A saying my dog training ingrained into me for my dog is "Nothing In Life Is Free!"

He has to work for food, water, praise, treats, or affection.

So there's some theory, and here's a link that may aid in showing you how to stop it.

Edited by Sparden

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Nekhbet   
When you arrive home don't give him any attention. Wait x amount of minutes before entering his pen/kennel,backyard for example. Once you enter or if hes already near you, just ignore him, make out like you have an intent for doing something where he is. When he settles down then its time to give him praise.

And if this increases frustration in a dog? The minute I walk in the door I say hello and no one is going berzerk biting me because it's not allowed. Why not just catch the dog in that moment and ask it to do something productive for you instead since it's so intent on getting attention from you - use the dogs own excitement against it in a way :laugh:

You need to redirect her attention to something productive, so maybe have her favourite toy or some treats with you and the minute she goes to mouth ask her to sit instead and reward it. There's no point saying no if you do not show the alternative required behavior and reward that heavily, all you get is a dog that tries harder.

As for the peeing, that's not uncommon in weaker nerved or confused dogs. Try not to encourage her, if she gets wound up just cease direct contact and ask her to do something like sit instead, something she knows well. This way you can get around the anxiety pattern of excitement - work up - pee

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Sparden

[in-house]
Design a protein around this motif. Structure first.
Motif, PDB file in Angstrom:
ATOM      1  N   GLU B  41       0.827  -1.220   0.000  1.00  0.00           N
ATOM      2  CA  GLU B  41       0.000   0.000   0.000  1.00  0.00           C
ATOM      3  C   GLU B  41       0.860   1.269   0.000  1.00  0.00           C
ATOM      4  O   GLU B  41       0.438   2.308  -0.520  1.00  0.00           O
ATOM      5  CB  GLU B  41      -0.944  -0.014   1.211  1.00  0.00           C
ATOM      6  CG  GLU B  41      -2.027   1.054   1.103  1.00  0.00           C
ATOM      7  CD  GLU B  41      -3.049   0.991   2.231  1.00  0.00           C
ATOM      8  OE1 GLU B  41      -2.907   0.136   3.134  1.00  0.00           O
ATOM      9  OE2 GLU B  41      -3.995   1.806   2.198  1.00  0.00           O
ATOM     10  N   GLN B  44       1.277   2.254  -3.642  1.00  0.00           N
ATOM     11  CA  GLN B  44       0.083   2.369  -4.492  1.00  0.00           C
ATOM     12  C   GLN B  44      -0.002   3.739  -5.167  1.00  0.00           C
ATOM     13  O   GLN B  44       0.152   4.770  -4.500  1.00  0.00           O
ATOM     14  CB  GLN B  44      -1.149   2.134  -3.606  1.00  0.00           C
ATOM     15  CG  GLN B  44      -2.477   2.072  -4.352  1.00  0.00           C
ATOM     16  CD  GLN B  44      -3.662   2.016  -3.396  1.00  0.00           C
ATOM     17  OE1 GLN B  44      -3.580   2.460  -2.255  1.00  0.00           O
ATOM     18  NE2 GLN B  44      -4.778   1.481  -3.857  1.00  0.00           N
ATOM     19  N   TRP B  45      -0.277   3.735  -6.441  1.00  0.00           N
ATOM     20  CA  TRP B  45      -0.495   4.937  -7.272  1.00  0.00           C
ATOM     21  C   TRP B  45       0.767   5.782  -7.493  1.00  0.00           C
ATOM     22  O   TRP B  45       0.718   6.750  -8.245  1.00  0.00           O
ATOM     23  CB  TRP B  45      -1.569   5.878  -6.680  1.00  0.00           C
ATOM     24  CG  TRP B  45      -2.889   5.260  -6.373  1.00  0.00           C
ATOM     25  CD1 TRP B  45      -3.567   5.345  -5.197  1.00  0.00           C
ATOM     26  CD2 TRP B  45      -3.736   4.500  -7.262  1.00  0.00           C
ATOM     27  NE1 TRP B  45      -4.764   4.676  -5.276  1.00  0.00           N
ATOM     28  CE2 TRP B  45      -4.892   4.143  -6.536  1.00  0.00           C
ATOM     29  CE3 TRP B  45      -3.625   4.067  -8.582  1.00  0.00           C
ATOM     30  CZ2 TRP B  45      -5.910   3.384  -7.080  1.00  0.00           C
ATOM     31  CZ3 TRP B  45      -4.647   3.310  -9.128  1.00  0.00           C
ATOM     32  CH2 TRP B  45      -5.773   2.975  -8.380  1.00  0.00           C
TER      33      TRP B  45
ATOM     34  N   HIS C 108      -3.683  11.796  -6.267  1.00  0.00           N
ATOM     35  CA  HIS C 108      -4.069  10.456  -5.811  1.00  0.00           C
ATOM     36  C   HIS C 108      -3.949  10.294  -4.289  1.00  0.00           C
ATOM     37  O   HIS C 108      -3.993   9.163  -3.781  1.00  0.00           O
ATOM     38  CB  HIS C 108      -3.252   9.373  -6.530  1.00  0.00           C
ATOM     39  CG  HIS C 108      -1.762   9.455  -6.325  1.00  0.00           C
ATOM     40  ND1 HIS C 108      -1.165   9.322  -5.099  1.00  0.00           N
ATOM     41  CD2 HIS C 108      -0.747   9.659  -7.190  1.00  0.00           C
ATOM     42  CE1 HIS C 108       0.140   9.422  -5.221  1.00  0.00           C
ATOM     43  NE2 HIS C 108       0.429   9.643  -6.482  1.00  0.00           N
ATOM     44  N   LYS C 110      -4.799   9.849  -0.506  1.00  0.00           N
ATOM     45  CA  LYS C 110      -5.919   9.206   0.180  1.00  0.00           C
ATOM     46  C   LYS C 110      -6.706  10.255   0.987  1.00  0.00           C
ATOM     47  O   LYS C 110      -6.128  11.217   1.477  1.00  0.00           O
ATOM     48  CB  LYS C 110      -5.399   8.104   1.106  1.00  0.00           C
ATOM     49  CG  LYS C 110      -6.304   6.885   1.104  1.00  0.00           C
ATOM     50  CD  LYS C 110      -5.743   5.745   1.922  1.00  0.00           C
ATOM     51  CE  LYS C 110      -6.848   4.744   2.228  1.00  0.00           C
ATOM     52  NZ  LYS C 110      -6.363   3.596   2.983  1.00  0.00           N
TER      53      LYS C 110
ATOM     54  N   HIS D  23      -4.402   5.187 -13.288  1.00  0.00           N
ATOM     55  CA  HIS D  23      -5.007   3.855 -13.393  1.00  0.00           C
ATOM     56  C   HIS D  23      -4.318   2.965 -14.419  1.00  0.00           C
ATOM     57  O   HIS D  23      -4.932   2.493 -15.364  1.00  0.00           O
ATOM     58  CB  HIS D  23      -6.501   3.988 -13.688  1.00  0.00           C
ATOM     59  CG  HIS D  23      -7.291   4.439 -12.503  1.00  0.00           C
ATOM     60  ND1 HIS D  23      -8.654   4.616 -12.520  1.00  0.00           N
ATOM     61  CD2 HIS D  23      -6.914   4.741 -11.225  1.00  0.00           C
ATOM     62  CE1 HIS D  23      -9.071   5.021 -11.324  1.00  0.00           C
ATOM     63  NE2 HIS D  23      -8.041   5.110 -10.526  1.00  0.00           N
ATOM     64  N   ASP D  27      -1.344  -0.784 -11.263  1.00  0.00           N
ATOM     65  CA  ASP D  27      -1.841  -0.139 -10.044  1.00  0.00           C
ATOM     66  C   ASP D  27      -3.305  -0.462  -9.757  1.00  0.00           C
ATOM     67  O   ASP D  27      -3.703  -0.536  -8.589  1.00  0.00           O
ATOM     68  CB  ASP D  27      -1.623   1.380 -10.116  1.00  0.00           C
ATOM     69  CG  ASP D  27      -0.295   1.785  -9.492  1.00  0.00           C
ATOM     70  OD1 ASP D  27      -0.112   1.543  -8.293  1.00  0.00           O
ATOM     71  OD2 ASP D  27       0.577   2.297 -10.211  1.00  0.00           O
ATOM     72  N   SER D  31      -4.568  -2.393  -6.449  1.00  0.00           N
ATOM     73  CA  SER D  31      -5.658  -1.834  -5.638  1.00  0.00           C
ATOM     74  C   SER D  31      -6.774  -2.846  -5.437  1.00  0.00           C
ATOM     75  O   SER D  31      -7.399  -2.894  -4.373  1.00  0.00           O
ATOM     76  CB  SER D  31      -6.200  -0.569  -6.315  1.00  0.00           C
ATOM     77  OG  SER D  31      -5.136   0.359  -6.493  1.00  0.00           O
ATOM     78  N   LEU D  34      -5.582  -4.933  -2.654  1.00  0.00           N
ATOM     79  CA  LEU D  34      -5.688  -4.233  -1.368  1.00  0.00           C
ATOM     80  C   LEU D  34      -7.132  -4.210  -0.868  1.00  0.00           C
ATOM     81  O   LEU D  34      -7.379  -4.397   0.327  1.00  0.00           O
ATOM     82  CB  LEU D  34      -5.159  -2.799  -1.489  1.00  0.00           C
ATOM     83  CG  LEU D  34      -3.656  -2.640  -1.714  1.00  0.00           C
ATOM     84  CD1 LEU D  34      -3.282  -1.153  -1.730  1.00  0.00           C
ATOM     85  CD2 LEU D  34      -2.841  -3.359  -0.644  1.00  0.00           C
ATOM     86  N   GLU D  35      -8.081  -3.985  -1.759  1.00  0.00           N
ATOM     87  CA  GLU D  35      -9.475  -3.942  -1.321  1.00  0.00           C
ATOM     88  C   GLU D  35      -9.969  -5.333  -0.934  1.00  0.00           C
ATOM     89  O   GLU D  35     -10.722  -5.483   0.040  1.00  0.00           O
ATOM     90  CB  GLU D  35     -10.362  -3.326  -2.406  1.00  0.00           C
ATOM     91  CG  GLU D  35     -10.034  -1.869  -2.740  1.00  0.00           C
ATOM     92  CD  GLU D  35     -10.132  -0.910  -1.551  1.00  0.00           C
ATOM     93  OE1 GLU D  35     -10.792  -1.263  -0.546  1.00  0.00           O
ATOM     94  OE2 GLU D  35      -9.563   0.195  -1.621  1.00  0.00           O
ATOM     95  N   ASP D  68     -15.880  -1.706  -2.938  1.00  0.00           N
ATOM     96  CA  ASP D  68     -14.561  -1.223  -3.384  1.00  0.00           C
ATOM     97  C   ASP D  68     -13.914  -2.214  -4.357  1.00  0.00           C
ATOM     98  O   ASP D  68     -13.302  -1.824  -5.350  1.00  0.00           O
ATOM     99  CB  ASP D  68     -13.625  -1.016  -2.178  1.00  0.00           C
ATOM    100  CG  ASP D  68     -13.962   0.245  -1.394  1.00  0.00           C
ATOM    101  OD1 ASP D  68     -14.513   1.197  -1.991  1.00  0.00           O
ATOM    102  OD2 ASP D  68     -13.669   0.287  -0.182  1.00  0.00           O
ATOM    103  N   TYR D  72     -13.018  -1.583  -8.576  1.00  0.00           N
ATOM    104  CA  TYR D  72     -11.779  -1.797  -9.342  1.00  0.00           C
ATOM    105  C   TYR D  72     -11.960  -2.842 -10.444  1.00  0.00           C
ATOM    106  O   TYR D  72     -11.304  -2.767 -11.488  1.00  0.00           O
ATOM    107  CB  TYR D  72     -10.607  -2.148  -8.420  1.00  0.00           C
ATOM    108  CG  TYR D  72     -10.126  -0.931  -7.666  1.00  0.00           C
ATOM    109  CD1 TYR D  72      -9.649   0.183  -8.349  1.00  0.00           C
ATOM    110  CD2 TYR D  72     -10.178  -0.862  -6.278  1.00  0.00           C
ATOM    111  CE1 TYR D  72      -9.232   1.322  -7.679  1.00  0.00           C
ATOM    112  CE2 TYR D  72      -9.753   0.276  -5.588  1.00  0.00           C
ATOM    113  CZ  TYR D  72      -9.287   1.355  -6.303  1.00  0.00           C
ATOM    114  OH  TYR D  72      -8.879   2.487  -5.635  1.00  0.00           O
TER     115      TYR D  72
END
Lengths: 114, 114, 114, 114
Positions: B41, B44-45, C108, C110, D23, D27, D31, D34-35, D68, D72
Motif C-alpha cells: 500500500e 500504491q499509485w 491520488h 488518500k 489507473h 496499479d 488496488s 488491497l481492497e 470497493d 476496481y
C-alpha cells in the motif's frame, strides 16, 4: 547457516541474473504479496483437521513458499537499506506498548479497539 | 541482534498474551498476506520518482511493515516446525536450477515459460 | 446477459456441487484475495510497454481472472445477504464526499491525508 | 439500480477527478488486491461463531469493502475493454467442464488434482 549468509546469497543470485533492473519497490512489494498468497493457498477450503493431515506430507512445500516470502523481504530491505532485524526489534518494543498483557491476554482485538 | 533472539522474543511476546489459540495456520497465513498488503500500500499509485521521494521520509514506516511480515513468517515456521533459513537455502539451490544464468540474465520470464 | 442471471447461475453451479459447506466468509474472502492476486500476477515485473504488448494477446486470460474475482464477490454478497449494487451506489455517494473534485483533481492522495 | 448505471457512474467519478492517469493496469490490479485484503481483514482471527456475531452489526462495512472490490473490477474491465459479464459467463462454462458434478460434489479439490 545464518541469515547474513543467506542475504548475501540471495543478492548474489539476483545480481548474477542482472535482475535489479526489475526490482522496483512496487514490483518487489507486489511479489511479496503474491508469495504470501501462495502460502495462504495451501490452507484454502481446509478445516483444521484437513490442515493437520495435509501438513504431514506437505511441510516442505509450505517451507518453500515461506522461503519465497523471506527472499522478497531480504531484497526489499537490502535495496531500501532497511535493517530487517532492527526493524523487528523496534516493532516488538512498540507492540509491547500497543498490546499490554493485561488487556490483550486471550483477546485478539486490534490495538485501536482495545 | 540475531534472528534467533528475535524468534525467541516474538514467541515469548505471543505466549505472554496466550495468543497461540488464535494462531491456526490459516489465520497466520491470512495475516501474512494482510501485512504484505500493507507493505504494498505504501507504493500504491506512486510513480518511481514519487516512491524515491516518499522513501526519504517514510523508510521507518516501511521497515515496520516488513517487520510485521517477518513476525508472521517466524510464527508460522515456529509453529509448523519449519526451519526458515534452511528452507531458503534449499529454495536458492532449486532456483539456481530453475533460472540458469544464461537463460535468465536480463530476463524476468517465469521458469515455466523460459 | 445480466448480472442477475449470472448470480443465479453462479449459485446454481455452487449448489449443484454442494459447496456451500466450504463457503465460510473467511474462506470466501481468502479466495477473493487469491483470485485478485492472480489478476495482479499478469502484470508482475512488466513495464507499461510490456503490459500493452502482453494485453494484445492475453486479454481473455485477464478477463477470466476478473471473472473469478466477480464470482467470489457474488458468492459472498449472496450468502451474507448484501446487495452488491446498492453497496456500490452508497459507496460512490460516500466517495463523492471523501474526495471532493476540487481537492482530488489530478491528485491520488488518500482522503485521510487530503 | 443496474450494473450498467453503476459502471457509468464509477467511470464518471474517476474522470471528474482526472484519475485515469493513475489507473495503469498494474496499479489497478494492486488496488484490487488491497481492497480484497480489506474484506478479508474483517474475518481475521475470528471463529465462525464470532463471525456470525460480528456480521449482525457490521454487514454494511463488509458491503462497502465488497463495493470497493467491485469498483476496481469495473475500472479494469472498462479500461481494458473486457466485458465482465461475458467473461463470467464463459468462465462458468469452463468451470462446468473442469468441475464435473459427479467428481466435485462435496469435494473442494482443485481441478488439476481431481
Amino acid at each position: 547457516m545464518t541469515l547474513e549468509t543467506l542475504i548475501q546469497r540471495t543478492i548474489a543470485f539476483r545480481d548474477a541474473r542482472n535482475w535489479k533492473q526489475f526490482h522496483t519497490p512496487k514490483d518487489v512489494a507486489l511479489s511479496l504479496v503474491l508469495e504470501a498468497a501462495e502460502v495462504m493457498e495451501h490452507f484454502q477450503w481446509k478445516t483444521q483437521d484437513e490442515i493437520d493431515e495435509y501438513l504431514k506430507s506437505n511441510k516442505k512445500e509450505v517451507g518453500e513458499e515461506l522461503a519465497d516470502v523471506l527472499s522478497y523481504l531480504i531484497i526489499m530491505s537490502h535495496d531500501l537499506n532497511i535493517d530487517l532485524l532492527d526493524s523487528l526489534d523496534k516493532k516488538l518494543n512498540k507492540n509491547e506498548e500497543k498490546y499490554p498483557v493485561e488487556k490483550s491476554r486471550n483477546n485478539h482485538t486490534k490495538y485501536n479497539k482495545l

Thanks for your feedback Nekhbet.

Just on your reply. What if the dog is not frustrated, and perhaps just excited to see you? Do you think the trainers advise on not seeing your dog straight away is the correct thing to do?

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Nekhbet   

You need to give the dog a chance. Personally an excited dog, unless it's totally gone mad, is capable of listening. So take that moment, you come home, go out, sit, pat/treat. Oh and hold your treats nice and low so the dog can smell/lick them but cannot take them ;) little trick. For the kids they can throw the treats or toys for her to fetch and get that excitement in the opposite direction, then when she comes back ask her to sit. If she absolutely will not listen just go inside then, but you gave her a chance to interact and win attention!

I don't believe in hard and fast rules, the waiting before going out to see the dog is a bit old fashioned (saying that I am in some ways :laugh:) but you get a dog to love and interact with it, and they can learn faster from guidence then you waiting for them to work it out or reward them at that fleeting moment of capture.

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Sparden   

That is a very good point about directing the dogs excitement. There are many situations to apply some kind offer redirection if you have an open mind to do so.

My goal is to put that in practice.

Thanks for the help.